Simple python GTK4 app template

I’m trying to port the basic example in https://developer.gnome.org/gtk4/unstable/gtk-getting-started.html to python. I was unable to find updated documentation for python GTK4, so it’s trial and error. The part where I’m having trouble now is window creation from app. I’ve tried all commented out variants, some more pythonic, other closer to the C implementation, to no avail. The uncommented one doesn’t raise any exception, but I’m failing to see how it is connecting the window to the app as the C example does. So one question is how to do it. But, more generally, is there a way to infer that from the GIR file or some of these things are implemented in an ad hoc way for the python module?

import gi
gi.require_version("Gtk", "4.0")
from gi.repository import Gtk

def activate(app):
    win = Gtk.ApplicationWindow()
    #win = Gtk.ApplicationWindow(app)
    #win = Gtk.Window(app)
    #win = app.ApplicationWindow()
    #win = app.Window()
    #win = app.application_window()
    #win = app.window()
    #win = app.application_window_new()
    #win = Gtk.application_window_new(app)
    #win = Gtk.gtk_application_window_new(app)
    win.show()

app = Gtk.Application()
app.connect("activate", activate)
app.run()
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For basic examples it should be possible to just follow a GTK3 one. The difference is that you call show() instead showAll(). So just ask google for a GTK3 example. I would guess that the Nim examples from the GTK4 book may be a starting point too, but these do not use OOP style.

Well maybe your issue is that your OS does not ship GTK4 yet. Then you would have to wait or install it somehow.

1 Like

Well maybe your issue is that your OS does not ship GTK4 yet.

It doesn’t but I’ve built it and I’m using that one.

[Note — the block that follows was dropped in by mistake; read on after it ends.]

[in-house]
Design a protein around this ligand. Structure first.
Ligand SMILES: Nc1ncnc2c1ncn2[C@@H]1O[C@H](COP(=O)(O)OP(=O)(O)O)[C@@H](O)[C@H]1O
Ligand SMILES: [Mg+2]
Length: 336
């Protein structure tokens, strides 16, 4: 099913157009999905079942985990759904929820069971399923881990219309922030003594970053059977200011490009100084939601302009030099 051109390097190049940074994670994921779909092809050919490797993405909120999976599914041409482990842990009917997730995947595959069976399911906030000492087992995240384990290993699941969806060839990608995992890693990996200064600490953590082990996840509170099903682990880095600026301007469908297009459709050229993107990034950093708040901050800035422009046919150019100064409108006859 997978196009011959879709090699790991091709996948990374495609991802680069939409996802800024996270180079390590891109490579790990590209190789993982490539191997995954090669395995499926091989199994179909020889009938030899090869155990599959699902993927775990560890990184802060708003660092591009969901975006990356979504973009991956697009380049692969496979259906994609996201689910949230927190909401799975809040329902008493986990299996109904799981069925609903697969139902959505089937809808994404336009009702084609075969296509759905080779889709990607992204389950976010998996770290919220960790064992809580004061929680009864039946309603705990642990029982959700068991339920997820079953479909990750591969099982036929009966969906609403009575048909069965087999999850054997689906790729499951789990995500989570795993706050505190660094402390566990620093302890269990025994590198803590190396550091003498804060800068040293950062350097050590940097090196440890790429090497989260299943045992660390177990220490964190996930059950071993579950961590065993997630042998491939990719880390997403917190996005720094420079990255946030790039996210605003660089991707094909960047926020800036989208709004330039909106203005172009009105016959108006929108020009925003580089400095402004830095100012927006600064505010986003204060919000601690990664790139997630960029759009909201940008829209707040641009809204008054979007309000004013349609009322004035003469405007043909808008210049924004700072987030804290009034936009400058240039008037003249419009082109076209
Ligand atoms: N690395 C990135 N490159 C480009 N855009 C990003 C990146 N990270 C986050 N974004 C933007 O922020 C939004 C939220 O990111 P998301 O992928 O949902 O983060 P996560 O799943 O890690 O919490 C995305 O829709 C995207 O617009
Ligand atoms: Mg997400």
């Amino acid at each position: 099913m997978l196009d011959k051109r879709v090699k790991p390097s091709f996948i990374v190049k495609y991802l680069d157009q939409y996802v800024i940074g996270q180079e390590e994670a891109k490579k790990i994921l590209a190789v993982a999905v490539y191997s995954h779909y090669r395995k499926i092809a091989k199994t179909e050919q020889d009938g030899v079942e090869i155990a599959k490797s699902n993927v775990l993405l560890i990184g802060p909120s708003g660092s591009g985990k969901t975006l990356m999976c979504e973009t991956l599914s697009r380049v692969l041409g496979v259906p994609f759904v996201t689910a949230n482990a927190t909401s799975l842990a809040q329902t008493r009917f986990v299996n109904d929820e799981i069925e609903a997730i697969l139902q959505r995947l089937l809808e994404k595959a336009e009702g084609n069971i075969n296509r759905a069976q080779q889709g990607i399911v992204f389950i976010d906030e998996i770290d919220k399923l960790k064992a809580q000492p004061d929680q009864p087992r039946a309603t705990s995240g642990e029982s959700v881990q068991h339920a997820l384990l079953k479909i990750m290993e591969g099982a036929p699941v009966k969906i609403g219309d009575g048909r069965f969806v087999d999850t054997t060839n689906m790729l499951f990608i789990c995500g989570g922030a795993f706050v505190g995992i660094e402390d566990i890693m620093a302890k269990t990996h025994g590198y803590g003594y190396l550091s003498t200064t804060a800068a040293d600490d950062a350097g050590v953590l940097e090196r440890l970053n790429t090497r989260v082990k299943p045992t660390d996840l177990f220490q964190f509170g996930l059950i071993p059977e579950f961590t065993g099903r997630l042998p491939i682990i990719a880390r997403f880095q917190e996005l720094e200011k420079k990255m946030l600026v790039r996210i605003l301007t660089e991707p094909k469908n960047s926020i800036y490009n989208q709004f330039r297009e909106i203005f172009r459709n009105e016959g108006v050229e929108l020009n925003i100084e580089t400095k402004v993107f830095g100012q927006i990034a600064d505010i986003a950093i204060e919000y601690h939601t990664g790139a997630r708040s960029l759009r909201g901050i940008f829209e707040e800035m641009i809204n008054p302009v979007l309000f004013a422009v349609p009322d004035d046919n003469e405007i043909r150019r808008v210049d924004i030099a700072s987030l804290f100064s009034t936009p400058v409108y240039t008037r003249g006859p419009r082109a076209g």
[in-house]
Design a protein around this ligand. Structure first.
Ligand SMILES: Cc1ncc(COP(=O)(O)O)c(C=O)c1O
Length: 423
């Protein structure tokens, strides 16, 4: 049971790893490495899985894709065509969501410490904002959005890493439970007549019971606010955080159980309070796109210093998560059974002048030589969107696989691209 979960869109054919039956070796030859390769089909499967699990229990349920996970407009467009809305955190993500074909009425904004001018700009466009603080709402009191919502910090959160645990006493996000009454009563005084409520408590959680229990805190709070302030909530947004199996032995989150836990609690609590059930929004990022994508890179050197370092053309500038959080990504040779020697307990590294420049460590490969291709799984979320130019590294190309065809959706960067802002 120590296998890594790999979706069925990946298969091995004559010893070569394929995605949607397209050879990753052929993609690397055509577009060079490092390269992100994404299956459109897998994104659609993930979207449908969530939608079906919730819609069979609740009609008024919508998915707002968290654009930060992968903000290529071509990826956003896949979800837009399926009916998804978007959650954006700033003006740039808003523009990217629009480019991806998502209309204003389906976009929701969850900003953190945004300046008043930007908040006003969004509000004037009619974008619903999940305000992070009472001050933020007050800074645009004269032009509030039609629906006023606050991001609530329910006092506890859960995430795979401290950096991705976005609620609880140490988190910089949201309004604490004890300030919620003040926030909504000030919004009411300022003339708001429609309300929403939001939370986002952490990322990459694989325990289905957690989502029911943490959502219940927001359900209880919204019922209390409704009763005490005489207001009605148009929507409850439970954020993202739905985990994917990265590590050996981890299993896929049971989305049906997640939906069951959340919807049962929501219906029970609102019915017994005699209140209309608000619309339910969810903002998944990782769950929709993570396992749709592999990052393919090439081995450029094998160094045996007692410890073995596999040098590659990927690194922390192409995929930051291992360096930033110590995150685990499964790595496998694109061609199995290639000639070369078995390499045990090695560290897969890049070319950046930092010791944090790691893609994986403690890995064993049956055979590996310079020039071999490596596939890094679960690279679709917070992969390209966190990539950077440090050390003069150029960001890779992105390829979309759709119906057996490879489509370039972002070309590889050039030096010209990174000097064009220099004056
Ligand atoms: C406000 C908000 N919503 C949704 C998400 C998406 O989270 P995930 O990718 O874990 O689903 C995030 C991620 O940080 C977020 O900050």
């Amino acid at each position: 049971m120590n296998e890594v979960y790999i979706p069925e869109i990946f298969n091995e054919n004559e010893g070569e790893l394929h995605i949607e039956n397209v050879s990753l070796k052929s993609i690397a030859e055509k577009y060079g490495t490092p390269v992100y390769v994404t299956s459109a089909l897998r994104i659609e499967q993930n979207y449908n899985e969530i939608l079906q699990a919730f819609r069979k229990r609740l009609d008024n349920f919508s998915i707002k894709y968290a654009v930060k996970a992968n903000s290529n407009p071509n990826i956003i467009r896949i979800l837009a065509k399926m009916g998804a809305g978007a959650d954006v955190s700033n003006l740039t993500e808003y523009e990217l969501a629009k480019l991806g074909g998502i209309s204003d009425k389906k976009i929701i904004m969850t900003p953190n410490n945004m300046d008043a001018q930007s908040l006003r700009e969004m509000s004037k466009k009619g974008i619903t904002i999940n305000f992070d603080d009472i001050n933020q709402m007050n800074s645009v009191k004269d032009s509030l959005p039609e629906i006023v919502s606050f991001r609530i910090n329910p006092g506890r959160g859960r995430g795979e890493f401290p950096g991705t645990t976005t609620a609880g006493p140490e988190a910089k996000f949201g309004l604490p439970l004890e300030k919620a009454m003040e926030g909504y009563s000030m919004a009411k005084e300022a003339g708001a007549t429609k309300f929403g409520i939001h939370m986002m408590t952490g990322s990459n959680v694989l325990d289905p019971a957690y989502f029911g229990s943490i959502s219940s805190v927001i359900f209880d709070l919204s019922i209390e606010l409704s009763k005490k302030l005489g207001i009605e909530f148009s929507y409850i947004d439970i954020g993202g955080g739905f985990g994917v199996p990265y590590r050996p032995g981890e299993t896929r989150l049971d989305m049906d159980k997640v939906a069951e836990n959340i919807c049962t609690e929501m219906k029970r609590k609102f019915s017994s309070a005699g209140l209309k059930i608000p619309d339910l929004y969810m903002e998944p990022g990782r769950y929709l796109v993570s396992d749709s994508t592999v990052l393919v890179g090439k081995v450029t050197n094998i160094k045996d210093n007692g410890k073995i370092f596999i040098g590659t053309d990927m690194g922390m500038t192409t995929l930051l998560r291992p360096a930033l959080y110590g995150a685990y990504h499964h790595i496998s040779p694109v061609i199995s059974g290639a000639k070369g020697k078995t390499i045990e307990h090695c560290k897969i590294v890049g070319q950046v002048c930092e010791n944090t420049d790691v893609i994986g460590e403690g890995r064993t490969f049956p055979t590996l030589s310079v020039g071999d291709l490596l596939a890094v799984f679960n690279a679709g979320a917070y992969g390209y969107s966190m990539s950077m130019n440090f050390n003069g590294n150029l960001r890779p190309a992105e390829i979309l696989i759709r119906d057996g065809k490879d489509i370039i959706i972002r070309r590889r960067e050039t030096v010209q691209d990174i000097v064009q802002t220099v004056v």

For basic examples it should be possible to just follow a GTK3 one.

Do you mean this one?:

import gi

gi.require_version("Gtk", "3.0")
from gi.repository import Gtk

win = Gtk.Window()
win.connect("destroy", Gtk.main_quit)
win.show_all()
Gtk.main()

(as in https://python-gtk-3-tutorial.readthedocs.io/en/latest/introduction.html)

There are many things that fail there, not only show_all. Indeed, I started from that example, and since Gtk.main() failed I assumed I needed an app to run, so I tried to adapt the C example.

1 Like

There’s an example on the gtk.org web page:

# Load Gtk
import gi
gi.require_version('Gtk', '4.0')
from gi.repository import Gtk

# When the application is launched…
def on_activate(app):
    # … create a new window…
    win = Gtk.ApplicationWindow(application=app)
    # … with a button in it…
    btn = Gtk.Button(label='Hello, World!')
    # … which closes the window when clicked
    btn.connect('clicked', lambda x: win.close())
    win.set_child(btn)
    win.present()

# Create a new application
app = Gtk.Application(application_id='com.example.GtkApplication')
app.connect('activate', on_activate)

# Run the application
app.run(None)

and, of course, there are examples in C to follow.

You need to assign the Gtk.Application instance to any window, in order to let GTK track it, and terminate the application’s instance when the last window is closed.

These are not the constructor’s normal form; constructors don’t have positional arguments, only named ones.

None of the above is even remotely valid.

There’s no Gtk.main() and Gtk.main_quit() any more: the Gtk.Application instance controls the main loop.

In theory, you can reimplement a simple main loop with this:

default_context = GLib.MainContext.get_default()

done = False
window.signal_connect("destroy", lambda w: done = True)

while not done:
    default_context.iteration(True)

but there’s really no point in that.

4 Likes

No, what I remembered was indeed what Mr. Bassi posted, with the app style layout but without classes.

Note that some Widgets behave differently in GTK4, for example the dialogs. The run() function is gone in GTK4. I would assume that the basic program shape of the Nim examples from the GTK4 book should work with Python as well, there is no real reason to force all code in OOP classes. Maybe you can try to convert one of the basic example to Python, maybe this one: http://ssalewski.de/gtkprogramming.html#_application_style

1 Like

Ok, thank you both! For the concrete problem, this was the key part that I wasn’t getting right:

constructors don’t have positional arguments, only named ones.

I’m not only new to GTK4, it’s also my first time with GTK and, therefore, also with its python bindings, so probably this would have been obvious otherwise.

There isn’t GTK4-specific documentation, but you can read the GObject tutorial for Python, the GTK3 tutorial, and the GTK3 API reference.

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